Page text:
Peaches Does Herself
Canadian electro-post-punk-new-wavey musician and performance artist Peaches–bestie and former roommate of Feist; collaborator on Christina Aguilera‘s Bionic LP–directs her first feature, described by TIFF as a “wild, transsexual rock opera”, featuring songs from her catalogue like “Fuck the Pain Away” and “Lovertits”. Peaches will also be premiering a new installation as well as offering us a performance. This will be one of the more unique experiences we’ve ever seen at TIFF. Straight to the “can’t wait” list.
Spanish-born writer-director Luis Prieto comes to TIFF for the first time with the English-language remake of Nicolas Winding Refn‘s (Drive) cult fave, with Refn aboard as executive producer. Richard Coyle (Tus in Prince of Persia) stars as a drug dealer whose life goes to hell over the course of one miserable week. Prieto is not a stranger to Toronto, having won the World Short Film Festival prize for best live-action short in 2002 with Bamboleho. Pusher premiered earlier this summer at the Edinburgh Film Festival to very warm reviews.
I learn from the reviews of this Sundance hit that the full title as it appears onscreen is Room 237: Being an Inquiry Into The Shining in 9 Parts. And that’s what you need to know about Rodney Ascher‘s feature doc debut, as 5 subjects in the field of music, playwriting, cinema, journalism and conspiracy theorizing break down the obsessive nature of fans to art in the abundant amount of information that may or may not exist in Stanley Kubrick‘s 1980 thriller, relating to numerology, the Holocaust, and the Moon landing. Yup, you know it, this one’s going straight to the “can’t wait”.
Ben Wheatley returns to TIFF after the authentic, blood-soaked Midnight Madness flick Kill List that premiered last year. Opening to strong reviews in the Director’s Fortnight at Cannes and with a very funny clip of this online, Sightseers follows a late thirtysomething couple on a dream RV holiday in this dark comedy that takes more than one turn into sudden violence.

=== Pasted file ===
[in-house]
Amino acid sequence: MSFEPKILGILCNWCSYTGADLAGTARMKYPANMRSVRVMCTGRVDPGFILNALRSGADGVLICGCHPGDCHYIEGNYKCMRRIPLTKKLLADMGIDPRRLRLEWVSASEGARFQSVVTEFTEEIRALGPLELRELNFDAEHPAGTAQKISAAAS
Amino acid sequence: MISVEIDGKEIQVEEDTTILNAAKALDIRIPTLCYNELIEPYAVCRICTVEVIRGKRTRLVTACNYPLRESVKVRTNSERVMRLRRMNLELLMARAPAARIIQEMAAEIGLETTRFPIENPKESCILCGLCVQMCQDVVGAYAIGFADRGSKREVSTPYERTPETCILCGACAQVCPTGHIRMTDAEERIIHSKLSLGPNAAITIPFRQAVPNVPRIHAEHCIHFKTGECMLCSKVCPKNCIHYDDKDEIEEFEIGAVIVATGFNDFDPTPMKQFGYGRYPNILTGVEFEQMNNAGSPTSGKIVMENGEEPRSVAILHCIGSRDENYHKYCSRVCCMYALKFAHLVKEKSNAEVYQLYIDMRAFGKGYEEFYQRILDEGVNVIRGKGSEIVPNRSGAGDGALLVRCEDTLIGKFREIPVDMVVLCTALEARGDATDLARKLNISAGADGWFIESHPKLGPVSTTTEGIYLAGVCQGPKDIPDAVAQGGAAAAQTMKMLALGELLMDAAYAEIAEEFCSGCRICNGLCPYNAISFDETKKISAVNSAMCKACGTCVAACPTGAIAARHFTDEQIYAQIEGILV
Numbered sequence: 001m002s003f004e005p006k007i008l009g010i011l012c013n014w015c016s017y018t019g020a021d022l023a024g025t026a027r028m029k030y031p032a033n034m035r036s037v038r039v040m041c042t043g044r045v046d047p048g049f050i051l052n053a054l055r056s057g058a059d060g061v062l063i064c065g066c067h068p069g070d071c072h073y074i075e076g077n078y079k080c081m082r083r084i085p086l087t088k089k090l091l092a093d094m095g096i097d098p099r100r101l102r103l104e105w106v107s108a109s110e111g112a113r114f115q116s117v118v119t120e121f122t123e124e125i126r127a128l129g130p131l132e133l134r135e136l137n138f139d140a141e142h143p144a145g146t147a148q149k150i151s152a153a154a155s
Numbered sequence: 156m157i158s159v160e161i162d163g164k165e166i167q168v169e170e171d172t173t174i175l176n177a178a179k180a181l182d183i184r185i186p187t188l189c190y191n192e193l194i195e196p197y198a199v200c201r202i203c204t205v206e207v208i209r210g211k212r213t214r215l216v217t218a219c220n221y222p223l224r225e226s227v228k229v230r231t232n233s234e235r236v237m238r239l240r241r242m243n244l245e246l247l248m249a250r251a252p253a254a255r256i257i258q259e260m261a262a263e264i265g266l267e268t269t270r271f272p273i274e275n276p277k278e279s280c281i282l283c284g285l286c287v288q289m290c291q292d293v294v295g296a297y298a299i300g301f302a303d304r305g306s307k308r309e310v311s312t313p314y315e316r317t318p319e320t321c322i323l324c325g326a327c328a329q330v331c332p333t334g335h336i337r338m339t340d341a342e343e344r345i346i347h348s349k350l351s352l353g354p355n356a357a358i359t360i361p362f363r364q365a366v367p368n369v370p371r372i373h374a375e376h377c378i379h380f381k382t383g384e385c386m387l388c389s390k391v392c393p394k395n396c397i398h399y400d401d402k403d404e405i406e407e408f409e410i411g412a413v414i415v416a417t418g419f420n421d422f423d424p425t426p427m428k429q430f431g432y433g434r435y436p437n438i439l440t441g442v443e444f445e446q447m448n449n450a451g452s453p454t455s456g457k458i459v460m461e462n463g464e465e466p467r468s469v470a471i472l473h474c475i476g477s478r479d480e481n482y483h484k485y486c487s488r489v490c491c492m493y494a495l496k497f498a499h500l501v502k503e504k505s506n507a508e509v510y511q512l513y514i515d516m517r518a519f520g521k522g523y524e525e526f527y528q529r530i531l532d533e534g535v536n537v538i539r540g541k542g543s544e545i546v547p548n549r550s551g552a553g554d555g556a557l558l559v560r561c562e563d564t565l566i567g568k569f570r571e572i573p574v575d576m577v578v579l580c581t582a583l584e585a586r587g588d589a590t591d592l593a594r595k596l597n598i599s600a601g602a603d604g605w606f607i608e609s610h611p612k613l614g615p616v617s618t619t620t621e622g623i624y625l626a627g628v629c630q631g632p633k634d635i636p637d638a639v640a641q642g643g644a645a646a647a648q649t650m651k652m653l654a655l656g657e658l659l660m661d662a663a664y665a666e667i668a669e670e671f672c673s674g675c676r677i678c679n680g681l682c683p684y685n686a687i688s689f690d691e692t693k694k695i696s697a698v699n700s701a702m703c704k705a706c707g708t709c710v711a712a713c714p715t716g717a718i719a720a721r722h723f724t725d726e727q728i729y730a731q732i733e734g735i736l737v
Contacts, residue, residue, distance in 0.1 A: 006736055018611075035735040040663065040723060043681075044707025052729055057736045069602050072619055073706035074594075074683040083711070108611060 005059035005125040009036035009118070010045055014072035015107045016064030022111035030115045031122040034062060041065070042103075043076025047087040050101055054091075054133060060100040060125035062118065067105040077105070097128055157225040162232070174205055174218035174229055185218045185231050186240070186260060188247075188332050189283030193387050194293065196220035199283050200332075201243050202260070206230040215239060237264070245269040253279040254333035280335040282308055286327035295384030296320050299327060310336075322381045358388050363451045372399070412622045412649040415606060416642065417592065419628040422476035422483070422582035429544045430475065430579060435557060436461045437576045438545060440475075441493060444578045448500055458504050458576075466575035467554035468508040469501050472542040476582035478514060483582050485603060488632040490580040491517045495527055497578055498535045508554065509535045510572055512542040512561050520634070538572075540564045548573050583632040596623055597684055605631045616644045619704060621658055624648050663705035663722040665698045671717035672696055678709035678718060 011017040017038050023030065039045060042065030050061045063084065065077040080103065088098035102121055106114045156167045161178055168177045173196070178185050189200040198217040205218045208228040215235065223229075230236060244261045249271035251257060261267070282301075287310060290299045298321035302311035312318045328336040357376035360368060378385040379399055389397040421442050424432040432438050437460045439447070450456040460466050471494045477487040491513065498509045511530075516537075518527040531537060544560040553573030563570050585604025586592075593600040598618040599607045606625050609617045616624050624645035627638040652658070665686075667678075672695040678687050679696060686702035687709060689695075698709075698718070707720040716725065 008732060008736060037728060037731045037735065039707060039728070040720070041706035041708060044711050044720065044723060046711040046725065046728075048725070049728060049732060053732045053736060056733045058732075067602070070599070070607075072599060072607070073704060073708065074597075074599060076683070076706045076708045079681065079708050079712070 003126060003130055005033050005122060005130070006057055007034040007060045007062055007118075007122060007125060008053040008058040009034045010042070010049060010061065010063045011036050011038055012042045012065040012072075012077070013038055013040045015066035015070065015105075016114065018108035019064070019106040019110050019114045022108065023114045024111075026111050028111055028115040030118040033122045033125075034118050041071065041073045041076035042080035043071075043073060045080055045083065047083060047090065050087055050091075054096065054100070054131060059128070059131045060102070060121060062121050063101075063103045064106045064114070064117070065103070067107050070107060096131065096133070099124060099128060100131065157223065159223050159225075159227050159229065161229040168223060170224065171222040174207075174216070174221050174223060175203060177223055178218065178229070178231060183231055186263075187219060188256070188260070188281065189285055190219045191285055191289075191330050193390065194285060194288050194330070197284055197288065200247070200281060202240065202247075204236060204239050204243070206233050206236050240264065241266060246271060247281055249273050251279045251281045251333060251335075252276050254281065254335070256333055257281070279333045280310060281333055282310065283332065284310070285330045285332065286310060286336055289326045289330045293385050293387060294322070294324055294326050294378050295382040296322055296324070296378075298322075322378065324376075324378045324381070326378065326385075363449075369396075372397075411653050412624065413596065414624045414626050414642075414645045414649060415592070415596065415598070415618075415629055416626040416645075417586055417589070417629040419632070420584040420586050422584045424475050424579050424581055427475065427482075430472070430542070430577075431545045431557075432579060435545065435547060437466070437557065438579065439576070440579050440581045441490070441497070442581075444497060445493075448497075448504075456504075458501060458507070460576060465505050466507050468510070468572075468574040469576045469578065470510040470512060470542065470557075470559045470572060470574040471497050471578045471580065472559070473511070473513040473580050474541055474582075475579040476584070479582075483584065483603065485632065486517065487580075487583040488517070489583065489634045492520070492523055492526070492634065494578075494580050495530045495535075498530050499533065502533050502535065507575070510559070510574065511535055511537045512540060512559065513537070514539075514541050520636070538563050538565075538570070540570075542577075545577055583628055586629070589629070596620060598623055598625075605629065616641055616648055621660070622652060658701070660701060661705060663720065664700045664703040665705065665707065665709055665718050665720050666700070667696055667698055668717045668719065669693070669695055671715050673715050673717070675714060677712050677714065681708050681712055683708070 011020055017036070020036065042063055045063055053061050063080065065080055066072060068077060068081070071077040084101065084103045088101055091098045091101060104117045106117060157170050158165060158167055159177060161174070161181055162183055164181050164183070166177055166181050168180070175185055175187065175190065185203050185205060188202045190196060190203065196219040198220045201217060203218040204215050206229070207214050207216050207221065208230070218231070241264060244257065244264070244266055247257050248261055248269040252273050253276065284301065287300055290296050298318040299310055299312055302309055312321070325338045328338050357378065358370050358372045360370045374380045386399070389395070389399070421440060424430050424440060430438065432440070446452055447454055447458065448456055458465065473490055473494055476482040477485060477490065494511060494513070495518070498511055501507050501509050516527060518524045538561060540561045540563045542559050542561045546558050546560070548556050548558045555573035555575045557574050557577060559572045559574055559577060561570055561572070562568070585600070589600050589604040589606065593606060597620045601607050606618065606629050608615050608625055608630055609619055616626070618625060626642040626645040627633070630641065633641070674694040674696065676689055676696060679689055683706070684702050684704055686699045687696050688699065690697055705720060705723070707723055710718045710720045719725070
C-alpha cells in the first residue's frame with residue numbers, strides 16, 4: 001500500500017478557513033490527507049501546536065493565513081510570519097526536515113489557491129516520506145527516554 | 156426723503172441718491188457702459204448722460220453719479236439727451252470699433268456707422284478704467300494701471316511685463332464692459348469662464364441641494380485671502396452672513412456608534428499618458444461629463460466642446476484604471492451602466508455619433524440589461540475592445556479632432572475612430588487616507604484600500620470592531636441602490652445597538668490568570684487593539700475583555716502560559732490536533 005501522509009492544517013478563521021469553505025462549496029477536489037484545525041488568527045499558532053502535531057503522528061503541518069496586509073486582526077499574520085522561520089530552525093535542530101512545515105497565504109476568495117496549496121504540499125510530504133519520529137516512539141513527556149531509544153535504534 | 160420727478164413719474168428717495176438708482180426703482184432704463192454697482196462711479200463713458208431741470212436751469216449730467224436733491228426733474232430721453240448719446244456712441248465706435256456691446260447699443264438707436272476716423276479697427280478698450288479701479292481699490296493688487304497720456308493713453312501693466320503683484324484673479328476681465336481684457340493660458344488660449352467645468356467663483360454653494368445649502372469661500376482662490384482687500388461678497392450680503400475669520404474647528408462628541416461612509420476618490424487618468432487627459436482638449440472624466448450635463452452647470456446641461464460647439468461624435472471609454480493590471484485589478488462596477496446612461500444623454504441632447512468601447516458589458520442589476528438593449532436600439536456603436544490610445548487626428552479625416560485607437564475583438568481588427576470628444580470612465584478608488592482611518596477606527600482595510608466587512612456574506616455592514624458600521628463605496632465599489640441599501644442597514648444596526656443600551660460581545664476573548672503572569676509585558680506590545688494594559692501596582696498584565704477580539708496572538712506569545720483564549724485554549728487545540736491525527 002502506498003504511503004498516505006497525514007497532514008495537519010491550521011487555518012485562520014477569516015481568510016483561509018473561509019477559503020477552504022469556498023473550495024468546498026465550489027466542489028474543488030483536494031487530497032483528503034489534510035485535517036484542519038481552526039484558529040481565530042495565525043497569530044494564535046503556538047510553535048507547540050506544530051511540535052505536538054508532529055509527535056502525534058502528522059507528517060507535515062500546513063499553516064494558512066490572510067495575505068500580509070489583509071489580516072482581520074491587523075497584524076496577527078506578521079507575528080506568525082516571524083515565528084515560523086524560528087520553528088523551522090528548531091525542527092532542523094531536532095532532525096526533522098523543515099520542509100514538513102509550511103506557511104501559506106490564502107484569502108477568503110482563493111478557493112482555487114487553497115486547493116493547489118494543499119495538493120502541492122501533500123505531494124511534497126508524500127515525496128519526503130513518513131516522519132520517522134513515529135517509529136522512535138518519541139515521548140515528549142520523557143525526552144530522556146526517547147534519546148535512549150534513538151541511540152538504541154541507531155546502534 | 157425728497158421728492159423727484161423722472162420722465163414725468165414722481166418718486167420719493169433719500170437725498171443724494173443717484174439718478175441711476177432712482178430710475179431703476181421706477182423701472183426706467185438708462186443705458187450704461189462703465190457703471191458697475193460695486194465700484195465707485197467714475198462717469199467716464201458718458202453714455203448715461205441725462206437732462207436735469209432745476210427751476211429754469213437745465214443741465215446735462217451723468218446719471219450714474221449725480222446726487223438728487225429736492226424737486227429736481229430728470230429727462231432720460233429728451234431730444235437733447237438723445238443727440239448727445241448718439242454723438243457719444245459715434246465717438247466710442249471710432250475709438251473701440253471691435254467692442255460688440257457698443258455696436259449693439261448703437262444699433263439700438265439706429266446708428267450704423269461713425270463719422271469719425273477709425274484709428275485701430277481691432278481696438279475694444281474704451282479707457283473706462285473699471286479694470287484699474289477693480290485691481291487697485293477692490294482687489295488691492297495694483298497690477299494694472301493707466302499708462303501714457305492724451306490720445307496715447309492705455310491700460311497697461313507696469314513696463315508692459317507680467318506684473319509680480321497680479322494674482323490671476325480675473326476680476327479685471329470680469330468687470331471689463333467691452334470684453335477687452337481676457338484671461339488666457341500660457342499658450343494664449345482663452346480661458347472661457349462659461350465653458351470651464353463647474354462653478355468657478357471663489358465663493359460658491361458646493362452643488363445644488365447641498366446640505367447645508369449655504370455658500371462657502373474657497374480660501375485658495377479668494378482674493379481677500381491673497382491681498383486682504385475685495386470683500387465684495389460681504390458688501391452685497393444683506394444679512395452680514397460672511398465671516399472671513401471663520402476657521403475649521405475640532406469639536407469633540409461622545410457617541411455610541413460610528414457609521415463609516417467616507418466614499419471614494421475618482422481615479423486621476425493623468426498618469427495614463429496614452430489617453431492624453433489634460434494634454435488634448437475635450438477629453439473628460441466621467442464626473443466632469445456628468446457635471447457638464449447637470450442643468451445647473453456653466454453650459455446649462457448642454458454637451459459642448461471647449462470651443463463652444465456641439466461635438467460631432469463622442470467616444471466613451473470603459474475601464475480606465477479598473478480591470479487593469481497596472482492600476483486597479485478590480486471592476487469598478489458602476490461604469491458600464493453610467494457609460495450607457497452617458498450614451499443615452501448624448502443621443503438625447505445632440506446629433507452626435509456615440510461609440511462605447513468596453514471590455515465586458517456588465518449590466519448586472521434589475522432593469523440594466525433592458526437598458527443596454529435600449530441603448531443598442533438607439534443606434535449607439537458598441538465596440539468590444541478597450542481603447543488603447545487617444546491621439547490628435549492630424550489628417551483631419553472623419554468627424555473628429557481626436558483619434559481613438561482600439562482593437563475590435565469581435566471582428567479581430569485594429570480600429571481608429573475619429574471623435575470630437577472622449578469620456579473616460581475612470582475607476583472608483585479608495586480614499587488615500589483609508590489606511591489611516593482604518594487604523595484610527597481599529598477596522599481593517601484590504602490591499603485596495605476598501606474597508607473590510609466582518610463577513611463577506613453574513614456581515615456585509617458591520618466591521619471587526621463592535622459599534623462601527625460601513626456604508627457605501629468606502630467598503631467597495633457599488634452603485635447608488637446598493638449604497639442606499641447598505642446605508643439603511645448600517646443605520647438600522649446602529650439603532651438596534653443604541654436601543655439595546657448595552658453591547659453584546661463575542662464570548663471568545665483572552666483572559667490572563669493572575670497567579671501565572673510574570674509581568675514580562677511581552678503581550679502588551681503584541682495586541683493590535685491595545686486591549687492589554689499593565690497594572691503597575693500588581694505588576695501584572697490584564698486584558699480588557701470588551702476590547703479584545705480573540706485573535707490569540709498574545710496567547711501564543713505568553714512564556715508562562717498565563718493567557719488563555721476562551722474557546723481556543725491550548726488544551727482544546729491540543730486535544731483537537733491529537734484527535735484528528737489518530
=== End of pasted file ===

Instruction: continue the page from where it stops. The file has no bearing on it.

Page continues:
Based on a creature called a “huldra” that belongs to Norwegian folklore, a strange and naked woman with a cow tail is found by two forensic clean-up men deep in a forest. Premiering at SXSW in Austin last March to very warm reviews, Aleksander Nordaas makes his first trip to Toronto with this most intriguing of premises, not to mention those amazing early images and a tagline that reads: “In a cellar, dark and deep, I lay my dearest down to sleep; A secret they would like to keep.”
The We and the I
And last but not least, Michel Gondry (Eternal Sunshine of the Spotless Mind) comes back to TIFF for the first time since his Dave Chapelle’s Block Party premiered as a Special Presentation in 2006. This mostly interior drama is set almost entirely on a bus featuring a group of teens on their last day of school before summer break. Sort of has an inner-cityBreakfast Club-on-public-transit kind of feel from the trailer.